Should You Wash Your Peanut Butter Jars Before Recycling Them?

Over the years, peanut butter has made its way to one of the most popular bread spreads in the world. As such, it’s currently easy to end up with tons of empty peanut butter jars in your house. But can you recycle these jars? And if so, should you wash them beforehand?

Well, that’s what we’re going to talk about in this post.

Can peanut butter jars be recycled?

Yes, peanut butter jars can be recycled. In fact, they are accepted by many curbside recycling programs. Even if yours doesn’t accept them, you can usually easily find a suitable drop-off site nearby.

Do peanut butter jars need to be cleaned before recycling them?

Yes, you need to clean peanut butter jars before you recycle them. Failure to do so can contaminate entire recycling bins. This is particularly an issue because plastic recyclables are susceptible to contamination.

However, you don’t need to clean peanut butter jars to expert levels for them to be ready for recycling – a little bit of light cleaning is enough.

Can peanut butter jar lids be recycled?

Yes, peanut butter jar lids can be recycled.

How do you clean a peanut butter jar for recycling?

To properly clean a peanut butter jar, follow the steps below:

1. Scrape away any leftover peanut butter

The first thing you need to do is to use a spatula to remove all the remaining peanut butter from the jar.

Alternatively, you can let your dog or other pets lick all the peanut butter off.

2. Soak the jar

Once the jar is empty, pour warm water into it until it’s ⅓ full.

Afterward, add a drop of dish soap to the water, close the jar with its lid and let the solution sit for around 5 minutes. At this point, shake the closed jar for 20 seconds to dislodge dirt and oil.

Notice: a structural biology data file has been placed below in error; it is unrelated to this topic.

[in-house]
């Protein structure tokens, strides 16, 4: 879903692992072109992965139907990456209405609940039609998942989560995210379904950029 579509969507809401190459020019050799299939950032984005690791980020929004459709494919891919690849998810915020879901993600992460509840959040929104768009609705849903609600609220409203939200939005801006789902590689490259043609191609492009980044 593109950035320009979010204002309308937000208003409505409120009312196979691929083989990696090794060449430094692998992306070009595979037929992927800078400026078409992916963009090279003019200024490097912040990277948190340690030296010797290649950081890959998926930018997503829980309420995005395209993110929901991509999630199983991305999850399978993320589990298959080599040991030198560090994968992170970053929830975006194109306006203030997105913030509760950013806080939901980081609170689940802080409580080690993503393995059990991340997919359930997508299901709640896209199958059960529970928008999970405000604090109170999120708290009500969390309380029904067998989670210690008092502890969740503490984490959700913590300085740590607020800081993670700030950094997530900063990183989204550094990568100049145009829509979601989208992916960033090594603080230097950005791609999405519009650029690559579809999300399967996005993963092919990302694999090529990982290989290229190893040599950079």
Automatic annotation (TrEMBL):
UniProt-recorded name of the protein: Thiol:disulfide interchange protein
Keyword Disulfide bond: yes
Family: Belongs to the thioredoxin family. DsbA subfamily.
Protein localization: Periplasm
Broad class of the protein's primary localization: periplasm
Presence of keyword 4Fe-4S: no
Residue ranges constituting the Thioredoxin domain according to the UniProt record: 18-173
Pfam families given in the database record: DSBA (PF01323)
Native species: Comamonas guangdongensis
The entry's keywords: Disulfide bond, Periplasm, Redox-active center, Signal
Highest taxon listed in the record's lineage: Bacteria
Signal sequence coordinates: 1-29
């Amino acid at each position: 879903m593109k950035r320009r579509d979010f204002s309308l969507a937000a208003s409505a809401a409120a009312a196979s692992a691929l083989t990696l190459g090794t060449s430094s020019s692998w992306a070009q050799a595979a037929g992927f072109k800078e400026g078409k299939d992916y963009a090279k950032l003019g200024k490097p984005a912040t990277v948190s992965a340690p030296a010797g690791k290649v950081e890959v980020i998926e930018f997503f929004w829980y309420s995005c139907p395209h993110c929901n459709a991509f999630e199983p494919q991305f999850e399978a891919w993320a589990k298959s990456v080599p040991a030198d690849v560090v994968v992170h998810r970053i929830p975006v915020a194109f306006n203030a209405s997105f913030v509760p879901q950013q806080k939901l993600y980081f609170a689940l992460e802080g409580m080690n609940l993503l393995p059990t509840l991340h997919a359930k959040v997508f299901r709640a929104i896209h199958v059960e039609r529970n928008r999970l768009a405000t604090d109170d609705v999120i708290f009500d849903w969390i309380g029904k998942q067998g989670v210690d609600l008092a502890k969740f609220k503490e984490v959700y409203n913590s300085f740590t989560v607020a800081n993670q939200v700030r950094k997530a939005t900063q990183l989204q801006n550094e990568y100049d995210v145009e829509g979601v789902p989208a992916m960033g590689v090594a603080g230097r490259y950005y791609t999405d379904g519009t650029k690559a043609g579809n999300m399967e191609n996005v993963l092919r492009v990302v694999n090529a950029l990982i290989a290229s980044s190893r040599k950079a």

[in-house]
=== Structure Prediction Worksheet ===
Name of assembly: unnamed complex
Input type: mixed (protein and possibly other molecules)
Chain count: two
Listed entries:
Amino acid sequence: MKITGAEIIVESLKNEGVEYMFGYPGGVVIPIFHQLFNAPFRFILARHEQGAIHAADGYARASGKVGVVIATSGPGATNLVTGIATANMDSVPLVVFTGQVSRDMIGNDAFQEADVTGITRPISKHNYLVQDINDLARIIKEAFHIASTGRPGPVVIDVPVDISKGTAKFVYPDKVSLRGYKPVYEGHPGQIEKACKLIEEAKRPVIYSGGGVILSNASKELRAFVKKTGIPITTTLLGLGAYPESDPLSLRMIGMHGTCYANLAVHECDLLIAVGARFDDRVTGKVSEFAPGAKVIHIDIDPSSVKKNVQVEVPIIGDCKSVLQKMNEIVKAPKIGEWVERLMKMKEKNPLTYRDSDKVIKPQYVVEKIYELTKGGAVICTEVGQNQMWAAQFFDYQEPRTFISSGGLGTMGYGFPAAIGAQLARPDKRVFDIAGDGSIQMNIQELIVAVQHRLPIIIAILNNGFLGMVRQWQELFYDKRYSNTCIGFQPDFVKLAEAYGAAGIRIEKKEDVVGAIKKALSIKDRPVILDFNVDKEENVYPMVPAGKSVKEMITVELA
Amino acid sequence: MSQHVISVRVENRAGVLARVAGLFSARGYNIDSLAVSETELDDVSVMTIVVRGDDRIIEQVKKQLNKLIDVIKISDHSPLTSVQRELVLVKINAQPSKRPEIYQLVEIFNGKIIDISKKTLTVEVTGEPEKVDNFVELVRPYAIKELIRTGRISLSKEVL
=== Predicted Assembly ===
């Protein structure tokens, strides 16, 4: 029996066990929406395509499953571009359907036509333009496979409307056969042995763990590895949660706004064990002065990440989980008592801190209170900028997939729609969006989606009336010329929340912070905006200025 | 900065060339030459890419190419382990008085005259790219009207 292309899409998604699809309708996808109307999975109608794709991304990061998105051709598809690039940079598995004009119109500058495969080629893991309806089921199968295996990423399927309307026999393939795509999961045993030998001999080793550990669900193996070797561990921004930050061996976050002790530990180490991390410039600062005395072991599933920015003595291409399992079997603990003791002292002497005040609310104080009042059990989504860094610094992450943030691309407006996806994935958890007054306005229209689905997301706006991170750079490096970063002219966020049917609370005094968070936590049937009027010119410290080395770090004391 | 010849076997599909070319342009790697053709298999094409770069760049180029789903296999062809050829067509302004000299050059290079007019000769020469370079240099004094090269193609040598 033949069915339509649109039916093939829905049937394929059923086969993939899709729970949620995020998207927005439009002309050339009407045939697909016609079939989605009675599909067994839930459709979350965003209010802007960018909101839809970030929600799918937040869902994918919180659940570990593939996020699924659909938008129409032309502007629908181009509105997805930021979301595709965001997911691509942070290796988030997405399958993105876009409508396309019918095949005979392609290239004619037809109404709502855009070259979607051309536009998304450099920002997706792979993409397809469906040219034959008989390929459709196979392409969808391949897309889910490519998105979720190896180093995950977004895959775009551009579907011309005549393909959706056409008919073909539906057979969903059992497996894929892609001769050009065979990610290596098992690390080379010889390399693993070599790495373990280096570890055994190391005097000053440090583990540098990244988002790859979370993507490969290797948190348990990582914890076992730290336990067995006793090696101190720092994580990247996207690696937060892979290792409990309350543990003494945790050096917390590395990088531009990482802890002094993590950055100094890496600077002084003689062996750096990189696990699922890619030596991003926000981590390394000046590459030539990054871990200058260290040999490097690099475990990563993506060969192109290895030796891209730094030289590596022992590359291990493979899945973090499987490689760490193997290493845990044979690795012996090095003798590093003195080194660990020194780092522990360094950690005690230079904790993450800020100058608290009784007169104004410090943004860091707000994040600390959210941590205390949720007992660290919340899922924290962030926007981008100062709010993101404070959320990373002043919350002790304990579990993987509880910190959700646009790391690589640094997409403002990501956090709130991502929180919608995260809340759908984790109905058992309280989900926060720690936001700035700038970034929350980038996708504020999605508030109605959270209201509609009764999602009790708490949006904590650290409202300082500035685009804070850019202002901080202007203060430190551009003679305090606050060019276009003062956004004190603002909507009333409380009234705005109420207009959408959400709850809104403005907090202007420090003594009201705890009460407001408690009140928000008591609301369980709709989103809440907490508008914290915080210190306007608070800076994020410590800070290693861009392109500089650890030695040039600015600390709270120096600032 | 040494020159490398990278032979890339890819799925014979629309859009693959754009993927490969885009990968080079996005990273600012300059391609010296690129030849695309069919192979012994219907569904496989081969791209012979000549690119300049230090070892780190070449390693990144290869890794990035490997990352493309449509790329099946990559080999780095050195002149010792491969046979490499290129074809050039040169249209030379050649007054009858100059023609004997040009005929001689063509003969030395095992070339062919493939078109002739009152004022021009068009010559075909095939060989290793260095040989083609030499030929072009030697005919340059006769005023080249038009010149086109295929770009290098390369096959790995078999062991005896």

Once you’re done, pour out the solution and rinse the jar and its lid. Most of the peanut butter smudges would have been washed away at this point – if anything’s left, it’ll just be a little oil.

3. Dry

Air out the jar and lid to dry by placing them upside down on a drying rack. If you don’t have one of these racks, just place them upside down at the edge of your sink. Once they are dry, you can recycle them.

Do you leave lids on when recycling peanut butter jars?

If both your peanut butter jar and its lid are made of plastic, you can leave the lid on when recycling.

However, if the jar is made of glass and the lid is made of plastic, you’ll need to separate them before placing each in its respective recycling bin.

Can you reuse peanut butter jars?

Yes, you can reuse peanut butter jars, even when they still have streaks of the butter. The most common way to do this is to use them to create a snack mix. Just add some cereal to the jar and mix it with some chocolate chips and sugar.

You can microwave the mixture at intervals and shake it to ensure it mixes well.

Alternatively, you could mix oats, milk, chia seeds, berries, and maple syrup in the jar and let the mixture sit overnight in the refrigerator before having it as a snack.

What else can I do with empty peanut butter jars?

Apart from recycling empty peanut butter jars or throwing them out, you can repurpose them. Here are a few ways to do that:

1. Create a jar bank

If you want to teach your kids about saving, you can easily transform an empty clean peanut butter jar into a bank for them to use at home.

All you have to do is make a slit cut at the center of the lid so that they can easily slide money into the jar. Afterward, you can let them decorate the jar as they please.

2. Use them as storage for craft supplies

You can use empty peanut butter jars to store craft and office supplies like stamps and rubbers. You can even label them if you want.

3. Create a terrarium

You can do this by cutting out a central circular hole at the side of your jar, flipping it upside down, and placing some soil and a few plants inside it. The sand and plants should lie on the lid, forming the terrarium’s base.

Final thoughts

Ultimately, it’s important to wash out all your peanut butter jars before recycling them. While it may seem like something small, it makes your recycler’s job much easier.

Find out more about how to recycle other commonly used items, such as old encyclopedias, empty deodorant containers, gatorade bottles, and more!

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